C-section – What Are The Consequences On The Body?
Pregnancy can be a positive experience for women, and we all know that having good expectations and a birth plan can make labour and delivery much more predictable and pleasant experience. If there are no complications expected during labour, a vaginal birth is usually safer and more natural than a Caesarean-section (C-section) birth.
C-section Means Surgery
There are instances when during labour, a natural vaginal delivery may not be an option. A C-section involves major surgery of the abdominal area and pelvic floor which comes with risks and complications. As with any surgery, there is injury to the skin, connective tissue, muscles and nerves. On the other hand, a vaginal birth has its own risks of tearing the tissues around the vaginal opening and other surrounding tissue.
Risks With a C-section
As with any surgery, there are risks that come with having a C-section. Some of the risks of the surgery can involve pain, bleeding, and infection. The most common after a C-section are adhesions from the incision. Adhesions are bands of scar tissue that can make the organs in your tummy area stick to each other and to the skin. Adhesions can be painful, because they limit the movement of your internal organs. Also, there will be pain after the surgery and it can linger for a few weeks compared to a vaginal birth.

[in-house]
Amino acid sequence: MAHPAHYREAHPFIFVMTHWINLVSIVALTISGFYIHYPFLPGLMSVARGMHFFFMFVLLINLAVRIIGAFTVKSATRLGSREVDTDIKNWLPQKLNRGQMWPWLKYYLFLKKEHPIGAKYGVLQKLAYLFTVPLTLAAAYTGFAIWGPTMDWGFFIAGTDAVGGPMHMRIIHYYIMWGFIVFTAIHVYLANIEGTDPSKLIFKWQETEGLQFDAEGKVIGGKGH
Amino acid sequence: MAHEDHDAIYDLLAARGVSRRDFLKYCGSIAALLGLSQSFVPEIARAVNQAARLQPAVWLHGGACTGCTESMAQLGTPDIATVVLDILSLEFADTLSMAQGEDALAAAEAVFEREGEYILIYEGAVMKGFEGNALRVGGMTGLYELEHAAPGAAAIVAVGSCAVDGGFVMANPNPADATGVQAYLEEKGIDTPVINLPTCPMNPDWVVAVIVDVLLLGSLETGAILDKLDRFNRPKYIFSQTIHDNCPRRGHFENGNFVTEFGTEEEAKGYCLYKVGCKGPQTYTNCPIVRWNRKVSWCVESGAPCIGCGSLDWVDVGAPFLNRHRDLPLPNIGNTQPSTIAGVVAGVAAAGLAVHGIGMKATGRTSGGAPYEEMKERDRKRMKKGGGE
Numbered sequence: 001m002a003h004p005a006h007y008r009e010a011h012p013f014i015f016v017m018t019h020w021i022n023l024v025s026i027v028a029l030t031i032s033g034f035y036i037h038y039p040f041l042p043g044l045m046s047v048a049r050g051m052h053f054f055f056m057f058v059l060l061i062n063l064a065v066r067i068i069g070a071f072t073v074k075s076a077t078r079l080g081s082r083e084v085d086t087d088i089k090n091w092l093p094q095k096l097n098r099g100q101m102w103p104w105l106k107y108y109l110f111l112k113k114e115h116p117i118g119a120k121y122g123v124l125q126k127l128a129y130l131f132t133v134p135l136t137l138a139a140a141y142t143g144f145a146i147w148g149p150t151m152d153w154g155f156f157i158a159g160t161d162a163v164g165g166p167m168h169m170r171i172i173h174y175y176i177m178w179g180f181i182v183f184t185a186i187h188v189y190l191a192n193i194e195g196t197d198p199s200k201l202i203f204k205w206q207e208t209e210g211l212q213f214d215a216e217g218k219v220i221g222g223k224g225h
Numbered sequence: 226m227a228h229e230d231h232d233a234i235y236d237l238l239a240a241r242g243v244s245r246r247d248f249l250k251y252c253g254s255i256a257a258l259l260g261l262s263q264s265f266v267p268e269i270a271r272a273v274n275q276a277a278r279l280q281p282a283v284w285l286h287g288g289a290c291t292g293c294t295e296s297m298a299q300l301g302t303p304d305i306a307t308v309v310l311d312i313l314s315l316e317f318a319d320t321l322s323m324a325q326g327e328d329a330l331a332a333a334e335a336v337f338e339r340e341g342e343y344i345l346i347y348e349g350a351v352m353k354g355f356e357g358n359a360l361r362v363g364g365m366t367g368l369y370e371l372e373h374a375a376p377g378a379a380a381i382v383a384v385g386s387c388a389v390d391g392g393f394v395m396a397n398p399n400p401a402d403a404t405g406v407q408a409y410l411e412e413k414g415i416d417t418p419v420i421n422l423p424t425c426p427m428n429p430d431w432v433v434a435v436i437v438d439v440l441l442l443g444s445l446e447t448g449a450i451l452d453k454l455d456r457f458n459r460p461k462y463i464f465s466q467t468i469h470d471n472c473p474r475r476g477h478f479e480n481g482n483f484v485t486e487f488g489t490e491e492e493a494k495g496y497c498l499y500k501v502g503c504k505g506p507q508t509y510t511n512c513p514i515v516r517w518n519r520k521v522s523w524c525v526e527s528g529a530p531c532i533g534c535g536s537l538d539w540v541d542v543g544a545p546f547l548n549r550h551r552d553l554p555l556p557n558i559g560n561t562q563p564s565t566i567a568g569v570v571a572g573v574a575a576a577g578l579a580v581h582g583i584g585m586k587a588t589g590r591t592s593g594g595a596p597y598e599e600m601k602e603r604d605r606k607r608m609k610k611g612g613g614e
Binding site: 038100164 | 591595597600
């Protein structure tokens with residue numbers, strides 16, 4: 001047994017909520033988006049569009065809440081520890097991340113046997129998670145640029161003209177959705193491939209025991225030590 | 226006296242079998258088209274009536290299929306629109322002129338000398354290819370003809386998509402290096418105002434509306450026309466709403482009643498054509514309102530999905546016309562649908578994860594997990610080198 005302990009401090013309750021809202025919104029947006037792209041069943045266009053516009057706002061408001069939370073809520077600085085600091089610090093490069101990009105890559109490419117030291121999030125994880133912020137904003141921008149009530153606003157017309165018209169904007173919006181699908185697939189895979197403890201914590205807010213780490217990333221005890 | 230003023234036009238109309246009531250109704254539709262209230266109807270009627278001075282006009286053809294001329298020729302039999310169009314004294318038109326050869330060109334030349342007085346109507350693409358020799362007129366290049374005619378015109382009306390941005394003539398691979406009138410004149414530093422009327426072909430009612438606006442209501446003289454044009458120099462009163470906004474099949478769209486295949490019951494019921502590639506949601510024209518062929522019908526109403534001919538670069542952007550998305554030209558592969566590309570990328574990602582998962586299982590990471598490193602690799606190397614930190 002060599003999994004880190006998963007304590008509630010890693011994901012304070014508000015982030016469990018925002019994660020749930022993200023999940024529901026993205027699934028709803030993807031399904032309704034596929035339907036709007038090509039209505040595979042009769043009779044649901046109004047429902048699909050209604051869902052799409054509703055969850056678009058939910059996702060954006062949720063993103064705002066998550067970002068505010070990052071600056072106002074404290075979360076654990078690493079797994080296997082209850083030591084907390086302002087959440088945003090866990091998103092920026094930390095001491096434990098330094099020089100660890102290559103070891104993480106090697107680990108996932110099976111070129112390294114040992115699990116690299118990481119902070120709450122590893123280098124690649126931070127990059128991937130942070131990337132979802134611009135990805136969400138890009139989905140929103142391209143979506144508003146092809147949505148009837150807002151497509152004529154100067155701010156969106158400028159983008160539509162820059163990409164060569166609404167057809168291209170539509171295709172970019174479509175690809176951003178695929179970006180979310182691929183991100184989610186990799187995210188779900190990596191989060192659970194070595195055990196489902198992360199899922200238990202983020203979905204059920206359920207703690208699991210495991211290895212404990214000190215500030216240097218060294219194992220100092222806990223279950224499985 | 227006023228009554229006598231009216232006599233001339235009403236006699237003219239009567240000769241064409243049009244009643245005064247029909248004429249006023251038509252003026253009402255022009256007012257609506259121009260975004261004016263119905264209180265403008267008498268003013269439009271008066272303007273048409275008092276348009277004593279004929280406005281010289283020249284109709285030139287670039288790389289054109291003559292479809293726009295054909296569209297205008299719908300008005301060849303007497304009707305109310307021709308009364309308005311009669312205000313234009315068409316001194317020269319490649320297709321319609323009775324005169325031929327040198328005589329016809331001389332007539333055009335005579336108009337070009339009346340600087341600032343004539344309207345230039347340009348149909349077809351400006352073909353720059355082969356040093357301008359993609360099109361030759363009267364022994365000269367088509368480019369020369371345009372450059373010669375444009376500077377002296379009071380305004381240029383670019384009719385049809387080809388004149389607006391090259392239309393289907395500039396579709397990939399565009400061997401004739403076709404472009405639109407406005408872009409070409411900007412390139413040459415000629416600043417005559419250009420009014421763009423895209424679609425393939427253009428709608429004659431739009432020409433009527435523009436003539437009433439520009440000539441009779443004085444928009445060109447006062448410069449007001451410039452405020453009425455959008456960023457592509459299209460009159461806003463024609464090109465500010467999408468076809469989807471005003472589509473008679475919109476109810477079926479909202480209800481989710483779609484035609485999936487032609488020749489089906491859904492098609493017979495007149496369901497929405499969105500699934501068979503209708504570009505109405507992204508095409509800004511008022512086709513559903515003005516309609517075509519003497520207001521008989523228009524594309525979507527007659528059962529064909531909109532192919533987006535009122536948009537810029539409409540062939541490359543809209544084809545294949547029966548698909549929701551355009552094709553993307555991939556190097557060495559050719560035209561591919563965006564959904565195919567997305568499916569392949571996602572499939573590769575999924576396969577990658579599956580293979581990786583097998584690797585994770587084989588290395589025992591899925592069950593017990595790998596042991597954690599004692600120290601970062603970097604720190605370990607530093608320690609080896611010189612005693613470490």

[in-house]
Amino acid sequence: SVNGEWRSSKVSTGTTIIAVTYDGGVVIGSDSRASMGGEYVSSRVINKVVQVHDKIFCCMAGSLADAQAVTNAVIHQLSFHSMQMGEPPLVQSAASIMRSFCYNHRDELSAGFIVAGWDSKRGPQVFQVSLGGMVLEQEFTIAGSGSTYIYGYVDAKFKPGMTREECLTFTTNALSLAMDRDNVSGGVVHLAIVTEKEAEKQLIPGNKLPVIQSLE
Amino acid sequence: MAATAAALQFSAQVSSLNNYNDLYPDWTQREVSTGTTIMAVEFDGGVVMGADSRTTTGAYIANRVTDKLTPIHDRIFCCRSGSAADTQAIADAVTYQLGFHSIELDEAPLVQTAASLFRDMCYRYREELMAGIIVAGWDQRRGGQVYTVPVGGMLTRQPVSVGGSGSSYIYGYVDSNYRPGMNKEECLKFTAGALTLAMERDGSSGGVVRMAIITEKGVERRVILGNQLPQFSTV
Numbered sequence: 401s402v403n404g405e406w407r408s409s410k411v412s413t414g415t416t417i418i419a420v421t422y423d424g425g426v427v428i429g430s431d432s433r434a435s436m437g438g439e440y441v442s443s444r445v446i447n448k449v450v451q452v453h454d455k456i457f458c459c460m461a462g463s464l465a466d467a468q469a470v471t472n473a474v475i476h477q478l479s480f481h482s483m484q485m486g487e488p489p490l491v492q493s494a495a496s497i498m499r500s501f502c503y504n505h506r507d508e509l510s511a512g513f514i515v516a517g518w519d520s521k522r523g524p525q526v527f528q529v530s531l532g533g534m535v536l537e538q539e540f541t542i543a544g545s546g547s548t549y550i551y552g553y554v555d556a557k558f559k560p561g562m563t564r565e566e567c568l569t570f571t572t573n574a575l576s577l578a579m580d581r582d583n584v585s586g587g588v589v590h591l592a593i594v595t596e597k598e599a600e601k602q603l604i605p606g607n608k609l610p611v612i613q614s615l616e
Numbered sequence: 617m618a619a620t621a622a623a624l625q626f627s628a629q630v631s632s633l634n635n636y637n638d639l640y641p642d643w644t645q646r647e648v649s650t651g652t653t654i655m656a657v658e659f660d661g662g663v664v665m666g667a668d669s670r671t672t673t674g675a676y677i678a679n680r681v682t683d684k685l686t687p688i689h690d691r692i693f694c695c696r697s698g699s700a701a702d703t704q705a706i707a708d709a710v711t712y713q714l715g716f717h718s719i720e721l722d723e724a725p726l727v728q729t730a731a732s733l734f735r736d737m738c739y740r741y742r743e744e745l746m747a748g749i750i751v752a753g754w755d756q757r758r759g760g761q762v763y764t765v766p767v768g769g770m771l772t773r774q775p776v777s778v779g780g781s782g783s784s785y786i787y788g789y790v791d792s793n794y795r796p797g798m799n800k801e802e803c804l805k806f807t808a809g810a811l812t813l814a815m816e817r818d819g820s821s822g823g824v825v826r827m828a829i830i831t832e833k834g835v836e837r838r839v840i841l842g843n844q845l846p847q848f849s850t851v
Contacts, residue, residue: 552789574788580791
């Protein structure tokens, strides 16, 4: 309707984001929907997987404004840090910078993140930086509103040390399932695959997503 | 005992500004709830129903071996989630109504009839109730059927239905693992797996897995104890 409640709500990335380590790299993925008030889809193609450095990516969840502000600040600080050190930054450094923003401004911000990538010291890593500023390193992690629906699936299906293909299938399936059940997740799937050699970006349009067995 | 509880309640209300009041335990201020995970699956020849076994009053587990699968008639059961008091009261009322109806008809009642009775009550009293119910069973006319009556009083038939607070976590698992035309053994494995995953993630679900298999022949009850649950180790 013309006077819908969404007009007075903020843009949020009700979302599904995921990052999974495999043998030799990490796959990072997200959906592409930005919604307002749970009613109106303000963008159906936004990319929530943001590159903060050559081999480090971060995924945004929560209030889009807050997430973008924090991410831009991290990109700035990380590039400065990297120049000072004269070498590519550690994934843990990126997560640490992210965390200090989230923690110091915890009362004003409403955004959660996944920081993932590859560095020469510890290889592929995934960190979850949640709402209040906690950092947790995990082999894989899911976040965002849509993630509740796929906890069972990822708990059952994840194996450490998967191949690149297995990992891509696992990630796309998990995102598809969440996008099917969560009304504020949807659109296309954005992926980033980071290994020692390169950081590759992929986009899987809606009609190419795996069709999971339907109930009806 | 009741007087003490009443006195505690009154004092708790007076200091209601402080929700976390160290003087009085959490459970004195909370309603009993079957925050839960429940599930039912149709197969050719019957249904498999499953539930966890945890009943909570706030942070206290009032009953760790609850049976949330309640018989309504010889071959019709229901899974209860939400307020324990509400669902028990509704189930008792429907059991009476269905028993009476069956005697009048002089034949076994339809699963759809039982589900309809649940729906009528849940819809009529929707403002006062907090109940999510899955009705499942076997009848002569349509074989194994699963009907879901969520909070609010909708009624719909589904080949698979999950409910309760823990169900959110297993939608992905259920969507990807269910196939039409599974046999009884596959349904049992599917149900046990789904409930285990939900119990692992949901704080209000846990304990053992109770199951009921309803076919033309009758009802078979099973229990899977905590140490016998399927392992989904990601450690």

What to Expect Post C-section
After having a C-section delivery, there comes a longer recovery time compared to a vaginal delivery. Your doctor or midwife will educate you on getting lots of rest post-surgery, discuss proper ways to care for your scar and protect the muscles in the tummy when taking care of your baby. There are specific restrictions after the surgery, such as no lifting or carrying any heavy weight for a minimum of six weeks. A full recovery from a C-section with minimal complications is expected between four to six weeks.
Assessment by a Pelvic Floor Physiotherapist
It is recommended to have a pelvic health physiotherapist perform a full external and internal vaginal assessment at six weeks after giving birth to provide a treatment plan for a successful recovery of the pelvic floor and abdominal muscles. We can provide you with education and specific exercises and soft tissue techniques to improve healing of the scar as well as improving the effectiveness and strength of the diaphragm and pelvic floor muscles.